Another comparable example of insurgent forces between Star Wars and hybrid threat is the Liberation Tigers of Tamil Eelam (LTTE)’s struggle against Sri Lanka. This separatist movement attempted to break away from Sri Lanka and create an independent nation for the Tamil people. They employed hybrid threats that were similar to the Separatists’ movement in Star Wars. The Tamil Tigers used terrorist tactics, employed criminal networks, and maintained a conventional force that “grew into a large experienced, battle-hardened land fighting force over the years.”[40] One of the most important characterizations of this “battle-hardened land fighting force” was that technologically they were almost on par with the Sri Lankan military, and this allowed them to fight for approximately thirty years. But just like the Separatists in Star Wars, the Tamil Tigers eventually lost their struggle as their opponent effectively countered these hybrid threats and technological symmetry.

Guerilla Forces

A group of irregular, predominantly indigenous personnel organized along military lines to conduct military and paramilitary operations in enemy-held, hostile, or denied territory.[41]

Guerilla forces are everywhere in Star Wars. From the Gungans in The Phantom Menace, to the Ewoks in The Return of the Jedi, guerilla forces are included in almost every battle within these films. As this conflict takes place on planets all over the universe, it is inevitable that these indigenous populations are drawn into this epic conflict. A prime example is the Ewoks of the forest moon of Endor, who are rallied to fight for the Rebellion against the Empire by Han Solo and Princess Leia.[42] They play a major role in the Rebellion's use of hybrid threat tactics and strategy to defeat the Empire.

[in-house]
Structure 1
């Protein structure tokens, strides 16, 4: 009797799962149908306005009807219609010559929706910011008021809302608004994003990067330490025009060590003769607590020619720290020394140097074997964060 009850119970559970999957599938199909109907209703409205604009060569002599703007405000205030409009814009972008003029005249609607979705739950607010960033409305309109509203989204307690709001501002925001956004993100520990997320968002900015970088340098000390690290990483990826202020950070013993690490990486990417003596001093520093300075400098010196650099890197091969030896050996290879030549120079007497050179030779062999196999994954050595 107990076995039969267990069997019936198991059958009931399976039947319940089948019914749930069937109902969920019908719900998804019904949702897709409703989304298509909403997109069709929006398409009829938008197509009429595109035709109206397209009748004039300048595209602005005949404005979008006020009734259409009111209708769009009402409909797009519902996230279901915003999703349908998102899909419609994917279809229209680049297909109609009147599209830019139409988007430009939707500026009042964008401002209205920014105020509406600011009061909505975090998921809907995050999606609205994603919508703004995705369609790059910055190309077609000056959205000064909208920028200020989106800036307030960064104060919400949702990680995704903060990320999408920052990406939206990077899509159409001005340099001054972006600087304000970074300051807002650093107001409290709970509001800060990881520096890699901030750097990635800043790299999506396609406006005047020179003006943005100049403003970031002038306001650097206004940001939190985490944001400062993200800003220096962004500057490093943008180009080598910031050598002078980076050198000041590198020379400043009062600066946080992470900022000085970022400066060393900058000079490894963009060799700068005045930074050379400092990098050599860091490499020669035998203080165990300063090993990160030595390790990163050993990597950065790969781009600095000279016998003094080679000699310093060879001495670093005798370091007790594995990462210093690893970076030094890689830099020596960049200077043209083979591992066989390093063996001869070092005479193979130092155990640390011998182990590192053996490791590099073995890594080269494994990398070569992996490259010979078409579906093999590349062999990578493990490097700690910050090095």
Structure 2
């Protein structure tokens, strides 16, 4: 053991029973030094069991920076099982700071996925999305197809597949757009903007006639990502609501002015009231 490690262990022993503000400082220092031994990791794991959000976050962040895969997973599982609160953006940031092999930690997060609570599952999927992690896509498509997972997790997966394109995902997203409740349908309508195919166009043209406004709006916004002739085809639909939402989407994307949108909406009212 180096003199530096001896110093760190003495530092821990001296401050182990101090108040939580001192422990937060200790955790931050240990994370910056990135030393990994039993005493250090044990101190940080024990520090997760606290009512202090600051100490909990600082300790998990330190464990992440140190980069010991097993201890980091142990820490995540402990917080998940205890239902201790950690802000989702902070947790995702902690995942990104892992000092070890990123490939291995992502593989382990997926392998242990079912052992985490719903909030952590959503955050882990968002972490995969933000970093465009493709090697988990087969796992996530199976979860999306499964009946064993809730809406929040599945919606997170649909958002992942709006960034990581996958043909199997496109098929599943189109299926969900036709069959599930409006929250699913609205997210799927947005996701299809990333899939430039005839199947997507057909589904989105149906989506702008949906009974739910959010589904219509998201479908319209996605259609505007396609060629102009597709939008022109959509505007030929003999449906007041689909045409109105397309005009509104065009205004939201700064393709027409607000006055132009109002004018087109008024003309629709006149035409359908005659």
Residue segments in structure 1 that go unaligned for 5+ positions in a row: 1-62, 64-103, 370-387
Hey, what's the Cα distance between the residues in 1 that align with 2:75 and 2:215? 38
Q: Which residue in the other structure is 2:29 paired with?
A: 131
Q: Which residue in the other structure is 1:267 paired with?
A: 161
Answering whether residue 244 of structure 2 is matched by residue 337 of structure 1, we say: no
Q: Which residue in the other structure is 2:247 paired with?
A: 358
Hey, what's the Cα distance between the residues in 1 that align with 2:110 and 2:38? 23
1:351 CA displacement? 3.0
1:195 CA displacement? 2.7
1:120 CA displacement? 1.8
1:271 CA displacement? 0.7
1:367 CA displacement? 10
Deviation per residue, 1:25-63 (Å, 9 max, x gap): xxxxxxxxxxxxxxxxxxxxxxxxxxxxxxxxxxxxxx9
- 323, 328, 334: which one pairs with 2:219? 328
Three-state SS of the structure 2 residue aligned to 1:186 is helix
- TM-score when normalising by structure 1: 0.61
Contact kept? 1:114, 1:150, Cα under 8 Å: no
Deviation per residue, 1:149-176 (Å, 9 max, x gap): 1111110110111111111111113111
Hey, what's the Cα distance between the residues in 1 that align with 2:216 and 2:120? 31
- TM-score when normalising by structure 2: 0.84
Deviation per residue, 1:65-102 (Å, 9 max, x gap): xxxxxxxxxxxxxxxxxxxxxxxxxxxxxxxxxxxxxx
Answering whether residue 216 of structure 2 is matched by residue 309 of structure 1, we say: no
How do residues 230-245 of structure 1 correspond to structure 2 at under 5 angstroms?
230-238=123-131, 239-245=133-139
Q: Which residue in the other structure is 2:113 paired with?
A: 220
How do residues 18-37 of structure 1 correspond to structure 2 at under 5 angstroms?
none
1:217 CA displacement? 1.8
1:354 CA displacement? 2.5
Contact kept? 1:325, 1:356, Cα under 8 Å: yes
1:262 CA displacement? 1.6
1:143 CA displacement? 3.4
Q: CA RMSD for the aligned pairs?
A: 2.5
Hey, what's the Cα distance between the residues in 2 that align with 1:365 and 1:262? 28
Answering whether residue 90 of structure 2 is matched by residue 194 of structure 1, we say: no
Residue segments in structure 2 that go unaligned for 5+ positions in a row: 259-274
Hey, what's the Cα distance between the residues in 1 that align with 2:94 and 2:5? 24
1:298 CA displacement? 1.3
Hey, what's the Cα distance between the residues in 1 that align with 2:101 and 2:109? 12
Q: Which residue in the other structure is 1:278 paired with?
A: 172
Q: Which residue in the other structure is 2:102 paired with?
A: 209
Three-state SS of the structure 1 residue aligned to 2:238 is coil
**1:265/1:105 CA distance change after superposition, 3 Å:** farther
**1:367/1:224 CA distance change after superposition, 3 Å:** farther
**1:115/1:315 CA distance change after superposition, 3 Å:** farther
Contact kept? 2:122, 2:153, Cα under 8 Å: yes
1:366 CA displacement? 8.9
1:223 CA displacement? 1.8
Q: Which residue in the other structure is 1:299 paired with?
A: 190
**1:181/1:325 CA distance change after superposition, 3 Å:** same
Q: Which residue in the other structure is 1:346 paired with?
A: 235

The Ewoks, using primitive technology in the form of catapults and log weapons, allows them to actively participate with the Rebellion and defeat the Empire militarily. Normally, in a conventional fight between the Ewoks and the Empire, the Ewoks would be completely outmatched. However, by using the local terrain, coupled with very lethal weapons and tactics the Empire did not anticipate, the Ewoks were able to defeat the Empire who largely ignored them and blow up the Shield generator. While more attention could and should be paid to this topic of guerilla warfare within Star Wars, this example shows how hybrid threats play an important role within the Star Wars Universe.


A terrorist is someone who uses unlawful violence or threat of unlawful violence to inculcate fear; intended to coerce or to intimidate governments or societies in the pursuit of goals that are generally political, religious, or ideological.[43]

It is important to note that terrorism within a hybrid threat can fall under actors and/or tactics. The Sith Order is a terrorist actor while there are other nation-state and non-state actors who use terrorism as a tactic in conjunction with their normal military operations. Star Wars illustrates this difference for those who wish to understand hybrid threats.